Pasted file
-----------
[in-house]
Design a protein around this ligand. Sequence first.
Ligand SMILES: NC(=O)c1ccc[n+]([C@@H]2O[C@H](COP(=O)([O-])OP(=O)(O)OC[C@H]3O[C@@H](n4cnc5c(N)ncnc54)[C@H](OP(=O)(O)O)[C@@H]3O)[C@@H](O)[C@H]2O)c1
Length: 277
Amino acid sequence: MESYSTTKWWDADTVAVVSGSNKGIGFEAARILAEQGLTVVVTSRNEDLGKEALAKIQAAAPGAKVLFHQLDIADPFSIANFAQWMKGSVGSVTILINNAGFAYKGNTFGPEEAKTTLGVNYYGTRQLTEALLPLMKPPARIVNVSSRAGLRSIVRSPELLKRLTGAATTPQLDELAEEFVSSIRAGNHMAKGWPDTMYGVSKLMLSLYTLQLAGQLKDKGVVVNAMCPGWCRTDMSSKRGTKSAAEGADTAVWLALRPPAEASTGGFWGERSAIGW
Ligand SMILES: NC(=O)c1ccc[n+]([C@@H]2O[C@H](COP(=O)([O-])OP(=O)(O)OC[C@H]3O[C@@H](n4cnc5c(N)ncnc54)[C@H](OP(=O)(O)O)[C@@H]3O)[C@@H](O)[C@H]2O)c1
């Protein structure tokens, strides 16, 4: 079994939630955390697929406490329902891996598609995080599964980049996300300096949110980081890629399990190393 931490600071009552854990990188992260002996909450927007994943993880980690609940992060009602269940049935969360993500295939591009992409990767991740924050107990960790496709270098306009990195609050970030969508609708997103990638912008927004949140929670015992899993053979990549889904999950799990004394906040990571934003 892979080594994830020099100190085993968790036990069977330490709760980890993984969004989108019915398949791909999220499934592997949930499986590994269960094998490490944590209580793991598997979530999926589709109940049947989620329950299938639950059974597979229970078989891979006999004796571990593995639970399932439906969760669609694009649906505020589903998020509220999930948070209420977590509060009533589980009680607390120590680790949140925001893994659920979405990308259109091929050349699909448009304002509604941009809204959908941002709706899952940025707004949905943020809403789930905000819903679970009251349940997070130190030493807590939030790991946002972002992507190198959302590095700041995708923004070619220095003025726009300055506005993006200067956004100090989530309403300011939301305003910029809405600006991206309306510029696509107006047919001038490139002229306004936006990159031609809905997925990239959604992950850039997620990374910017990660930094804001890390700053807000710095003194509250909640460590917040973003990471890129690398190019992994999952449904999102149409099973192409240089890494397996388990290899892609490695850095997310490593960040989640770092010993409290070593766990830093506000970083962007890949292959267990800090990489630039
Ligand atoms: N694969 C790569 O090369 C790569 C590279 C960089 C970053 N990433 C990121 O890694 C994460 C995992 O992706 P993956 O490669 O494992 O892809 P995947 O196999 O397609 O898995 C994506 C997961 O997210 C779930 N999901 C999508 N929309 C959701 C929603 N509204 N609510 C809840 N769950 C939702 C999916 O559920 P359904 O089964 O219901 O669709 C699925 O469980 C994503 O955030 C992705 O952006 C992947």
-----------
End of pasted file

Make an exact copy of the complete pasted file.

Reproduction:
[in-house]
Design a protein around this ligand. Sequence first.
Ligand SMILES: NC(=O)c1ccc[n+]([C@@H]2O[C@H](COP(=O)([O-])OP(=O)(O)OC[C@H]3O[C@@H](n4cnc5c(N)ncnc54)[C@H](OP(=O)(O)O)[C@@H]3O)[C@@H](O)[C@H]2O)c1
Length: 277
Amino acid sequence: MESYSTTKWWDADTVAVVSGSNKGIGFEAARILAEQGLTVVVTSRNEDLGKEALAKIQAAAPGAKVLFHQLDIADPFSIANFAQWMKGSVGSVTILINNAGFAYKGNTFGPEEAKTTLGVNYYGTRQLTEALLPLMKPPARIVNVSSRAGLRSIVRSPELLKRLTGAATTPQLDELAEEFVSSIRAGNHMAKGWPDTMYGVSKLMLSLYTLQLAGQLKDKGVVVNAMCPGWCRTDMSSKRGTKSAAEGADTAVWLALRPPAEASTGGFWGERSAIGW
Ligand SMILES: NC(=O)c1ccc[n+]([C@@H]2O[C@H](COP(=O)([O-])OP(=O)(O)OC[C@H]3O[C@@H](n4cnc5c(N)ncnc54)[C@H](OP(=O)(O)O)[C@@H]3O)[C@@H](O)[C@H]2O)c1
């Protein structure tokens, strides 16, 4: 079994939630955390697929406490329902891996598609995080599964980049996300300096949110980081890629399990190393 931490600071009552854990990188992260002996909450927007994943993880980690609940992060009602269940049935969360993500295939591009992409990767991740924050107990960790496709270098306009990195609050970030969508609708997103990638912008927004949140929670015992899993053979990549889904999950799990004394906040990571934003 892979080594994830020099100190085993968790036990069977330490709760980890993984969004989108019915398949791909999220499934592997949930499986590994269960094998490490944590209580793991598997979530999926589709109940049947989620329950299938639950059974597979229970078989891979006999004796571990593995639970399932439906969760669609694009649906505020589903998020509220999930948070209420977590509060009533589980009680607390120590680790949140925001893994659920979405990308259109091929050349699909448009304002509604941009809204959908941002709706899952940025707004949905943020809403789930905000819903679970009251349940997070130190030493807590939030790991946002972002992507190198959302590095700041995708923004070619220095003025726009300055506005993006200067956004100090989530309403300011939301305003910029809405600006991206309306510029696509107006047919001038490139002229306004936006990159031609809905997925990239959604992950850039997620990374910017990660930094804001890390700053807000710095003194509250909640460590917040973003990471890129690398190019992994999952449904999102149409099973192409240089890494397996388990290899892609490695850095997310490593960040989640770092010993409290070593766990830093506000970083962007890949292959267990800090990489630039
Ligand atoms: N694969 C790569 O090369 C790569 C590279 C960089 C970053 N990433 C990121 O890694 C994460 C995992 O992706 P993956 O490669 O494992 O892809 P995947 O196999 O397609 O898995 C994506 C997961 O997210 C779930 N999901 C999508 N929309 C959701 C929603 N509204 N609510 C809840 N769950 C939702 C999916 O559920 P359904 O089964 O219901 O669709 C699925 O469980 C994503 O955030 C992705 O952006 C992947």